John Steward of Jesus
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The commodities market

October 22, 1980

The commodities market, as any equilibrium of opposing forces, can be thought of as a train on a single set of tracks connecting many towns, with dead ends at the towns at each end of the line. The conductor, after stopping a each town, decides whether to go one way or the other, on the basis of the money bids of the people on the train and at the station. If residents don’t take the train, they can walk, take another vehicle, etc. The train will go back and forth, spending great amounts of time in the middle, to shorten walking distances for travelers. Everyone knows there is a limit to how far the train can go in either direction.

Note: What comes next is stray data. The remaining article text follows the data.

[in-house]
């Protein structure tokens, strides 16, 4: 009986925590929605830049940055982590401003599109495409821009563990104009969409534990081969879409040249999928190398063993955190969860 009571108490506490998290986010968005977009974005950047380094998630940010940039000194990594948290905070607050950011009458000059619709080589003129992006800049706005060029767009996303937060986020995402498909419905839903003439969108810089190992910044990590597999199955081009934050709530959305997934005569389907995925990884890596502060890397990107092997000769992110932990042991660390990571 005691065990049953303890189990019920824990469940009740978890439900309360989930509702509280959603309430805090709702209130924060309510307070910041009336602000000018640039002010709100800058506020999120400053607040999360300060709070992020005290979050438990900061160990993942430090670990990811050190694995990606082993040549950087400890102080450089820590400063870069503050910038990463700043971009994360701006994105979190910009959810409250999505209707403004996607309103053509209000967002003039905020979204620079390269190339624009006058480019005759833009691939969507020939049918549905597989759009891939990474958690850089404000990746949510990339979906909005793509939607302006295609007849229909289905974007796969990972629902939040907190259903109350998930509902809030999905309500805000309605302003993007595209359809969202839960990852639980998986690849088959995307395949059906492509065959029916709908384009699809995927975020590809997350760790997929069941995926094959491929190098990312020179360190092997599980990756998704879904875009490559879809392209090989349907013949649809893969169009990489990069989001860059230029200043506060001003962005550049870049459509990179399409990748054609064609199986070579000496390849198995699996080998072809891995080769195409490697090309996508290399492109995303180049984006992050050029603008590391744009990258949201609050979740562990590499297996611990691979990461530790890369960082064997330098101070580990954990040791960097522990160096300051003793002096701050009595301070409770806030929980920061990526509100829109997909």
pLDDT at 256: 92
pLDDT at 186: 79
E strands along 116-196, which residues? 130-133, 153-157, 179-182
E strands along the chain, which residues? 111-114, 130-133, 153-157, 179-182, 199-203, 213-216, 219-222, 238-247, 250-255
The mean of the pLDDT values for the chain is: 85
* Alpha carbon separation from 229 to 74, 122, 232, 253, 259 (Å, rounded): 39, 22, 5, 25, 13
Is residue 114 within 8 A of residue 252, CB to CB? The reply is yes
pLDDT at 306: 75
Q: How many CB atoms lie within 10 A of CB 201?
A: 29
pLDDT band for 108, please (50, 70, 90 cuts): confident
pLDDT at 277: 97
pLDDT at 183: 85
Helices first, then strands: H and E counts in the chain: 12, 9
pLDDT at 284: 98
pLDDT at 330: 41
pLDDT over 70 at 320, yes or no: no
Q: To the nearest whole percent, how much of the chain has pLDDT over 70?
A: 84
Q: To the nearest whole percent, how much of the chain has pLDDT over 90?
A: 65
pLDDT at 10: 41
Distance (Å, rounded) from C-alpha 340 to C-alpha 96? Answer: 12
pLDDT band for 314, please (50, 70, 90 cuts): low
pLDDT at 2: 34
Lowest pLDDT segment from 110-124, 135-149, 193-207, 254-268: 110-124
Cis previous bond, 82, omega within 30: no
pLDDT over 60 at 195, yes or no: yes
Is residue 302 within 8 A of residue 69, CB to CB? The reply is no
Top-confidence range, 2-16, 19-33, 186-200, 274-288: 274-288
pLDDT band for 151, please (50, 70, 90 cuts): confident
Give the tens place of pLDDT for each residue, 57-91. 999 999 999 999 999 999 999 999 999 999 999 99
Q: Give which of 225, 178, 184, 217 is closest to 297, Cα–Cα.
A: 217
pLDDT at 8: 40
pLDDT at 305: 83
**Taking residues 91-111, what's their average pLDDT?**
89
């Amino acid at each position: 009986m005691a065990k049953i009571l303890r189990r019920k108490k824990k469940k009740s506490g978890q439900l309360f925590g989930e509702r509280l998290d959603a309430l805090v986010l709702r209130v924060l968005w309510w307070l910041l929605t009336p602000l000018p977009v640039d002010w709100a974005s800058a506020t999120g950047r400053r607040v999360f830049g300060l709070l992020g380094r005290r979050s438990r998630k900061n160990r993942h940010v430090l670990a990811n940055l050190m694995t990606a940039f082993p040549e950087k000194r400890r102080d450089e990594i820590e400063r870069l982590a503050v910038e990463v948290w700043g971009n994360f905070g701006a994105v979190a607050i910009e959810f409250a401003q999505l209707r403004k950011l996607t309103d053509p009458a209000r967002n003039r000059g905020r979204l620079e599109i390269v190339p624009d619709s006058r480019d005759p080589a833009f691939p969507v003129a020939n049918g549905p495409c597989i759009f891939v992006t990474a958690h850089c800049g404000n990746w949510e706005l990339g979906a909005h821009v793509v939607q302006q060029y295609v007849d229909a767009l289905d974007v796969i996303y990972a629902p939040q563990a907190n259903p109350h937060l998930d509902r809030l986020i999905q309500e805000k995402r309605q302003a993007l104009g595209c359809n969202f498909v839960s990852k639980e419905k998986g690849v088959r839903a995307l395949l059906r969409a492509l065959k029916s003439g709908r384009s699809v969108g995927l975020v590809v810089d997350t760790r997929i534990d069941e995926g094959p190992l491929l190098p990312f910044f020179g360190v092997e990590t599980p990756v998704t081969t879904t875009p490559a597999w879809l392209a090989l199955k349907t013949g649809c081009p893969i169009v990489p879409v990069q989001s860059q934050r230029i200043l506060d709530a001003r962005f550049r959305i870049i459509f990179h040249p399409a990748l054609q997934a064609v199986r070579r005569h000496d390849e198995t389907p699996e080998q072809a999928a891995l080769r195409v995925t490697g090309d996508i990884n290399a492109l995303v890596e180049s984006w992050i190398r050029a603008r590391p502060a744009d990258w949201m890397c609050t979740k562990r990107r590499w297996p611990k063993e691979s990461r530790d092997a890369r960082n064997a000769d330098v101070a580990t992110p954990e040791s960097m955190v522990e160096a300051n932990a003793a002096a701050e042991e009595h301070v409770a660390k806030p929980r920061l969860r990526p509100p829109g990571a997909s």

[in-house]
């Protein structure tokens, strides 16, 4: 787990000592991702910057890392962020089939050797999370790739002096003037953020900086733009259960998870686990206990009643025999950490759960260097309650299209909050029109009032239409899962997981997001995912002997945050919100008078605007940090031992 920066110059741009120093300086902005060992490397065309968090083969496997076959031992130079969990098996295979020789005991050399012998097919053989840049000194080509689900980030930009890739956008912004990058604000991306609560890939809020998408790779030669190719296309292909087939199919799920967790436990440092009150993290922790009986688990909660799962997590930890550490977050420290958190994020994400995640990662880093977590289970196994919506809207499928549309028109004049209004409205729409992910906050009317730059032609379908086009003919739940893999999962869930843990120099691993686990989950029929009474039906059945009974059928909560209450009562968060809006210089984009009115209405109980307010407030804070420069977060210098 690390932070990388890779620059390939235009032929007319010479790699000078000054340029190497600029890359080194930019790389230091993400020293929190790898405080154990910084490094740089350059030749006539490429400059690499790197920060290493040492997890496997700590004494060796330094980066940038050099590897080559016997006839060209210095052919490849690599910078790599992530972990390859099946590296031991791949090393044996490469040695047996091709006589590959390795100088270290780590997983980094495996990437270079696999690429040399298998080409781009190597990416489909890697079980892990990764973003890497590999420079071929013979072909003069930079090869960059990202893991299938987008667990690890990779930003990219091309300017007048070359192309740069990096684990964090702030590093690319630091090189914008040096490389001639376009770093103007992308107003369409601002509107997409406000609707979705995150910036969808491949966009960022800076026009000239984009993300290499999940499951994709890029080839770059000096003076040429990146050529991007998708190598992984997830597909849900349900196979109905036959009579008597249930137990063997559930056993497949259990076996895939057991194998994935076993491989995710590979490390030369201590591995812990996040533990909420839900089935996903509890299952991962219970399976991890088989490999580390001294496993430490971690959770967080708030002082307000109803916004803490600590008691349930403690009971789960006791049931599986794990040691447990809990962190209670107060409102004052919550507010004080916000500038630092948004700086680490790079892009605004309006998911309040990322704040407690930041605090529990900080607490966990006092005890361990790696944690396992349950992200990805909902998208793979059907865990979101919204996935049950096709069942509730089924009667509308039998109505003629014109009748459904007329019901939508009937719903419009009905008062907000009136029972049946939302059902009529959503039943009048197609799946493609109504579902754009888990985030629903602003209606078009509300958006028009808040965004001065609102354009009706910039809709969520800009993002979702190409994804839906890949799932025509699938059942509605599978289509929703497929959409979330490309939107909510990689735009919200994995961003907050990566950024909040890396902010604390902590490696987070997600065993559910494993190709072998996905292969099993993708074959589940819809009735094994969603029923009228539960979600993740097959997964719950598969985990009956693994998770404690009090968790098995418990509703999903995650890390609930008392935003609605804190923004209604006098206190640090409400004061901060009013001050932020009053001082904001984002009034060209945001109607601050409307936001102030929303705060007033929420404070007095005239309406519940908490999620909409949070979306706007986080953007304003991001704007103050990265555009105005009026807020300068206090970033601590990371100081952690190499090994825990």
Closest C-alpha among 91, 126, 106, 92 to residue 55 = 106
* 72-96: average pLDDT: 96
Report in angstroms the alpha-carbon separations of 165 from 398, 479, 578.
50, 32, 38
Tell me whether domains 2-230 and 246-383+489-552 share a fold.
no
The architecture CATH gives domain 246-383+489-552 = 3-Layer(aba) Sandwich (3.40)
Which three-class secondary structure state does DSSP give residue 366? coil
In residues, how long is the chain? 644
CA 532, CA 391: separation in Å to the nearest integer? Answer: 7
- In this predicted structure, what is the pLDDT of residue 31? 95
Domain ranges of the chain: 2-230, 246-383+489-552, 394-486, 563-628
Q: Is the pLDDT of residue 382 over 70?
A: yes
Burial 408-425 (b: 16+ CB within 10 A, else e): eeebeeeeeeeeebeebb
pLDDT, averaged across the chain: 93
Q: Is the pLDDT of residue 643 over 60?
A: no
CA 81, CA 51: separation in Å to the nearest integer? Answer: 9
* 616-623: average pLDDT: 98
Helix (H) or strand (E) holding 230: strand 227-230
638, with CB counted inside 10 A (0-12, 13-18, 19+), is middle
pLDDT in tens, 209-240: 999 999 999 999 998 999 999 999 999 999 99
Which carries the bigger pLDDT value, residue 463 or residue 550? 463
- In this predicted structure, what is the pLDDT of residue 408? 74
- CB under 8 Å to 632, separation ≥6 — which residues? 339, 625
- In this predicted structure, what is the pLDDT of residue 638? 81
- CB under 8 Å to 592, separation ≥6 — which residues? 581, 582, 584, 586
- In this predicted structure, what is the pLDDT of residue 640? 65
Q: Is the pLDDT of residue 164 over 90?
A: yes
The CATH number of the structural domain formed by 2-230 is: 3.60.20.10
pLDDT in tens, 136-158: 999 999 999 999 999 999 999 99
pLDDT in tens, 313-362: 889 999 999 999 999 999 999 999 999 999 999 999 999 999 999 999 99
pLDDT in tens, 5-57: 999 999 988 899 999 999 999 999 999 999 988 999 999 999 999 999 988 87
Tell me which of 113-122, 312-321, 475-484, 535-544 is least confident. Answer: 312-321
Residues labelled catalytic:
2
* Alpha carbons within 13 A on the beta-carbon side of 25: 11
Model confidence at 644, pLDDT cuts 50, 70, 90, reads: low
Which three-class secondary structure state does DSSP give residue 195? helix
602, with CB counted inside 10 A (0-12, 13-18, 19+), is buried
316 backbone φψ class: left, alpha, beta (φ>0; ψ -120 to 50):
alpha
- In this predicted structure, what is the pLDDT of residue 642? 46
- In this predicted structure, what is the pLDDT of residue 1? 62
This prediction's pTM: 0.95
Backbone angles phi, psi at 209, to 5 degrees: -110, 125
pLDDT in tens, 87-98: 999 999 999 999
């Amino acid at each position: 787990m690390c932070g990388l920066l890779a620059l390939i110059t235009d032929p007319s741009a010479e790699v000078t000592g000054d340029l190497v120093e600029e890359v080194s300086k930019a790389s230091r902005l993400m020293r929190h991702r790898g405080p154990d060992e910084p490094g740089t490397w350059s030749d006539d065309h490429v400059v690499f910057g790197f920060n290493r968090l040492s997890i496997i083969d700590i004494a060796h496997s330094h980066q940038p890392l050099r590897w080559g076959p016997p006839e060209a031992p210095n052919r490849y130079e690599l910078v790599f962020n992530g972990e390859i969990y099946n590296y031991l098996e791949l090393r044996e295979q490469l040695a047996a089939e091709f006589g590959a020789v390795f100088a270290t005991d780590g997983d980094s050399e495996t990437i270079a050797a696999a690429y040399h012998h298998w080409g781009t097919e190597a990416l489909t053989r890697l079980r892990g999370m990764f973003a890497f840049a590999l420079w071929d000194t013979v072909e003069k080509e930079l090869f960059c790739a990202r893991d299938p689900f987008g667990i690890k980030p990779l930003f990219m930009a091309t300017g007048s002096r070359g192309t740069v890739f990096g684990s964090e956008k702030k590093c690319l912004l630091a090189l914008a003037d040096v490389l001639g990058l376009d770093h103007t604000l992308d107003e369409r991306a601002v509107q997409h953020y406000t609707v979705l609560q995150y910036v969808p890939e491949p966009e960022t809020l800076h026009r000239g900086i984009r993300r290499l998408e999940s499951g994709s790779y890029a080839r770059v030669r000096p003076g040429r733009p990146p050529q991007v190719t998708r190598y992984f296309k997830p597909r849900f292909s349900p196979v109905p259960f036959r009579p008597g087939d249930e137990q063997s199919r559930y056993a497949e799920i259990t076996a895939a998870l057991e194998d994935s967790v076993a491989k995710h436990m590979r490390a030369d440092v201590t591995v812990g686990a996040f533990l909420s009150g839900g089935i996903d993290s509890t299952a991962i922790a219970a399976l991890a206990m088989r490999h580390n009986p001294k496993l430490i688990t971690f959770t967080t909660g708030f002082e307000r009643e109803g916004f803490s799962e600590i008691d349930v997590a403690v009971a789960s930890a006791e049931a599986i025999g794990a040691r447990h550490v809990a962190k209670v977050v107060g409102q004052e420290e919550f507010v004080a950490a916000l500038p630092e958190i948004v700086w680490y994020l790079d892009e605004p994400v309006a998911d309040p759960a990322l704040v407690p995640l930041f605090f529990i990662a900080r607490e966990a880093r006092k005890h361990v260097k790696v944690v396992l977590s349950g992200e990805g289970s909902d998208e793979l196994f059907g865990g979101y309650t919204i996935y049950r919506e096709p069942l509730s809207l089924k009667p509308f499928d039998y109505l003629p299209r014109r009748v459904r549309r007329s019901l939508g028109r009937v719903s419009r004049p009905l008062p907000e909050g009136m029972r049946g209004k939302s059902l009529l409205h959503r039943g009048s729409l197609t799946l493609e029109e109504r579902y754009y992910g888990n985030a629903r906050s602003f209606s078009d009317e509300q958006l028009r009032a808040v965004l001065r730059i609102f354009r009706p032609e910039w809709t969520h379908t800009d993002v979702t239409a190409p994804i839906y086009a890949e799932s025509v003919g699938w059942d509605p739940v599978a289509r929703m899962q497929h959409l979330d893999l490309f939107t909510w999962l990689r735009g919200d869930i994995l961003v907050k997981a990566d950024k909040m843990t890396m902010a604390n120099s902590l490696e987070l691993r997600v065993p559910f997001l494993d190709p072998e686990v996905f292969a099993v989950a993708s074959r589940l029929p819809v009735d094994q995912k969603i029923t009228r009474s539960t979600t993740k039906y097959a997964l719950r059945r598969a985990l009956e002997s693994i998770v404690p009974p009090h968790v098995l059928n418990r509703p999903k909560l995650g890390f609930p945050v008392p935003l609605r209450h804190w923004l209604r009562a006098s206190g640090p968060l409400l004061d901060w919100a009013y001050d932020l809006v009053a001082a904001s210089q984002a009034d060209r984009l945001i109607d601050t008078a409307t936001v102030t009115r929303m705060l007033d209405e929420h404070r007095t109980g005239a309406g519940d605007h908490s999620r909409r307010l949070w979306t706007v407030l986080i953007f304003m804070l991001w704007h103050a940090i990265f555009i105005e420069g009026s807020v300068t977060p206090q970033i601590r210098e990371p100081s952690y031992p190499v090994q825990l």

Trading commodities is analogous to predicting which way the train will move in the future. Fundamentalists count the people waiting at the stations. Technicians look which way the train is moving, because those on the train will pay to go further. Cyclists check past records of train movements, to learn the schedule patterns of the travelers.

Just as the conductor decides only to go to the next station, and never to go past five stations in one direction, so the market never “decides” to make a major move, but only to go to the next point in that direction.